My ideas on morals, on right, on duty, were consequently vague as well. I had some feelings, but no principle. I loved instinctively, by a habit picked up in my childhood in the milieu where I had passed that childhood, — I loved the good and the beautiful and I detested the mean, without being able to being aware of what constitutes good and evil; I was outraged by and revolted against every cruelty and every injustice. I even believe that indignation and revolt were the first sentiments that developed in me, more vigorously than the others. My moral education was already distorted by the fact that my whole material, intellectual and moral existence was founded on a crying injustice, on absolute immorality, on the slavery of our peasants, who provided for our leisure. — My father had full consciousness of that immorality, but, as a practical man, he never spoke to us of it, and we were ignorant very long, too long. — Finally, I had a very adventurous spirit. My father, who had travelled a great deal, had told us of his journeys. One of our favorite readings, a reading that we always did with him, was the description of voyages. My father was a very learned naturalist. He adored nature and he transmitted that love to us, that ardent curiosity for all the things of nature, without however giving us the least scientific notion. The idea of traveling, of seeing countries, of new worlds, became for all of us a fixed idea. — That abiding, persistent idea had developed my fancy. In my moments of leisure I told myself some stories where I always represented myself fleeing from my father’s house and seeking some adventures far, far away. With that, I adored my brothers and sisters, my sisters especially, and I revered my father like a God.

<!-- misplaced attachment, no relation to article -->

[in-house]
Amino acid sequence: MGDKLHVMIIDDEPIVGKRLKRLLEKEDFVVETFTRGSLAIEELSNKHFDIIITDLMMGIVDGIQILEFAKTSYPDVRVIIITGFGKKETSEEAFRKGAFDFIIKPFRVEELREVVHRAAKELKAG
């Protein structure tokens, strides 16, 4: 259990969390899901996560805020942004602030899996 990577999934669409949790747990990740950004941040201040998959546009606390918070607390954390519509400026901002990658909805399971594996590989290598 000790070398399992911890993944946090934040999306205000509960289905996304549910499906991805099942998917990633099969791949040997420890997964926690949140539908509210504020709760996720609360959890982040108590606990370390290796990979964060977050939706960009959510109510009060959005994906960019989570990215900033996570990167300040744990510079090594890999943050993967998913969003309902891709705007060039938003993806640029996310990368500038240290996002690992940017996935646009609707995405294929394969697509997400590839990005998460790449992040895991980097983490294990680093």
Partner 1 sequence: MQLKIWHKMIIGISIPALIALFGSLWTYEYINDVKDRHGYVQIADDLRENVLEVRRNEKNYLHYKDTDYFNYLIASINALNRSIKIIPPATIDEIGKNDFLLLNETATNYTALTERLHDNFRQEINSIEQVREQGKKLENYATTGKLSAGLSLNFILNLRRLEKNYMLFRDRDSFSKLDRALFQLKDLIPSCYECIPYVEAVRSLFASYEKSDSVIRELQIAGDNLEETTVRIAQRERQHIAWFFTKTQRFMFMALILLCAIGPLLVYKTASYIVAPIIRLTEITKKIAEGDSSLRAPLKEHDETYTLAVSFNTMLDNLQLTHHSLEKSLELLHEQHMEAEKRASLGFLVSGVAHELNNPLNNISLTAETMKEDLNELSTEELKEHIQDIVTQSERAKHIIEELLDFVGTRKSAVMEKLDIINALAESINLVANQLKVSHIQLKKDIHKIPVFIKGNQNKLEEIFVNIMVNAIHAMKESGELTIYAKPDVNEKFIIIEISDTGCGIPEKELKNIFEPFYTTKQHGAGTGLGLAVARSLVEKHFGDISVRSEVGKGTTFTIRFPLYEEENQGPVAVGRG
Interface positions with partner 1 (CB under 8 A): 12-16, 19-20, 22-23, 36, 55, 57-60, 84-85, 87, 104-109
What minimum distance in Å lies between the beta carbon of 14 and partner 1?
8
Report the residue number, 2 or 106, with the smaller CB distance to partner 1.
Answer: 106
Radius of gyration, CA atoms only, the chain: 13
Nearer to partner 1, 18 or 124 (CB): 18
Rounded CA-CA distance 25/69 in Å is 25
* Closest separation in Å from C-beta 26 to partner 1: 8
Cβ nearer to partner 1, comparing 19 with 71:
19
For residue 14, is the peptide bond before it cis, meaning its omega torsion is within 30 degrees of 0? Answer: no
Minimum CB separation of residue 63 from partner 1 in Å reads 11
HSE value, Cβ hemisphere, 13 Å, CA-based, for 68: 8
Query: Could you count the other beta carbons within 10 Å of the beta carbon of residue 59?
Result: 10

Such I was when I entered, as a cadet, the school of artillery. It was my first encounter with Russian reality.
Here the autobiographical portion of the manuscript unfortunately ends…
[Nettlau’s account continues with some recollections by others relating to Bakunin’s youth.]
 In one of these letters, written in Berlin in the summer of 1848, we find, what is, to our knowledge, the first directly anarchist observation that we have discovered thus far. After singing the praises of the well-known speech of Proudhon on July 31, he remarks that, despite that, if Proudhon had come to [governmental] power, we would probably be forced to combat him, for, all in all, he also has his little system behind him. “What’s more, adds Bakunin, the times of the parliamentary life, of assemblies and constituent assemblies is passed and the interest in these old forms no longer exist or are only forced and imaginary.
“I do not believe in constitutions and laws; the best constitution would not satisfy me. We need something else: of storm and life and a new world, without law, and as a result, free (eine neue, gezetzlose und darum freie Welt). (V. 1848, Briefe von und am Georg Herwegh, Munich, 1896, p. 23.)